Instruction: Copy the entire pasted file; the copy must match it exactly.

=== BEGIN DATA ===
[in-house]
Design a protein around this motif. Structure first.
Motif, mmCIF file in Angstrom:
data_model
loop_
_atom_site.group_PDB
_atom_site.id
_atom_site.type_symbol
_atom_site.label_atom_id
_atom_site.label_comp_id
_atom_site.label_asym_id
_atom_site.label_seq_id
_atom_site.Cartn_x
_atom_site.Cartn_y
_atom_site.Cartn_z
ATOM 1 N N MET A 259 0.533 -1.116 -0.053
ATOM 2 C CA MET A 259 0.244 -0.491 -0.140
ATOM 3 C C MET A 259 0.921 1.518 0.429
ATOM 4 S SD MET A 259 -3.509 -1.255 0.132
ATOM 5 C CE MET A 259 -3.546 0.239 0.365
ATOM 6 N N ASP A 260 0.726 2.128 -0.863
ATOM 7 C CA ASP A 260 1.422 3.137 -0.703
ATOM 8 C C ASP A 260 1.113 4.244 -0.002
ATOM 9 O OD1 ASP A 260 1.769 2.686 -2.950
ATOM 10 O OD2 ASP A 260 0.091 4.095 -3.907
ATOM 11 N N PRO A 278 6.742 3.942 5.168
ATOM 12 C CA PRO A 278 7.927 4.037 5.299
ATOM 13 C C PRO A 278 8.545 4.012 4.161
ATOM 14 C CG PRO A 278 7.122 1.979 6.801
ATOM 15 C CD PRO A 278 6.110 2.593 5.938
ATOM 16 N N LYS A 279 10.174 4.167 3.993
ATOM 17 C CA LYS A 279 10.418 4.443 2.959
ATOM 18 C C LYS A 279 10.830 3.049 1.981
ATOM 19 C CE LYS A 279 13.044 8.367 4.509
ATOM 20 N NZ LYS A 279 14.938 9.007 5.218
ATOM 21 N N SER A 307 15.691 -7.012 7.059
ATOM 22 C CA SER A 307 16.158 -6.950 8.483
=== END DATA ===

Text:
[in-house]
Design a protein around this motif. Structure first.
Motif, mmCIF file in Angstrom:
data_model
loop_
_atom_site.group_PDB
_atom_site.id
_atom_site.type_symbol
_atom_site.label_atom_id
_atom_site.label_comp_id
_atom_site.label_asym_id
_atom_site.label_seq_id
_atom_site.Cartn_x
_atom_site.Cartn_y
_atom_site.Cartn_z
ATOM 1 N N MET A 259 0.533 -1.116 -0.053
ATOM 2 C CA MET A 259 0.244 -0.491 -0.140
ATOM 3 C C MET A 259 0.921 1.518 0.429
ATOM 4 S SD MET A 259 -3.509 -1.255 0.132
ATOM 5 C CE MET A 259 -3.546 0.239 0.365
ATOM 6 N N ASP A 260 0.726 2.128 -0.863
ATOM 7 C CA ASP A 260 1.422 3.137 -0.703
ATOM 8 C C ASP A 260 1.113 4.244 -0.002
ATOM 9 O OD1 ASP A 260 1.769 2.686 -2.950
ATOM 10 O OD2 ASP A 260 0.091 4.095 -3.907
ATOM 11 N N PRO A 278 6.742 3.942 5.168
ATOM 12 C CA PRO A 278 7.927 4.037 5.299
ATOM 13 C C PRO A 278 8.545 4.012 4.161
ATOM 14 C CG PRO A 278 7.122 1.979 6.801
ATOM 15 C CD PRO A 278 6.110 2.593 5.938
ATOM 16 N N LYS A 279 10.174 4.167 3.993
ATOM 17 C CA LYS A 279 10.418 4.443 2.959
ATOM 18 C C LYS A 279 10.830 3.049 1.981
ATOM 19 C CE LYS A 279 13.044 8.367 4.509
ATOM 20 N NZ LYS A 279 14.938 9.007 5.218
ATOM 21 N N SER A 307 15.691 -7.012 7.059
ATOM 22 C CA SER A 307 16.158 -6.950 8.483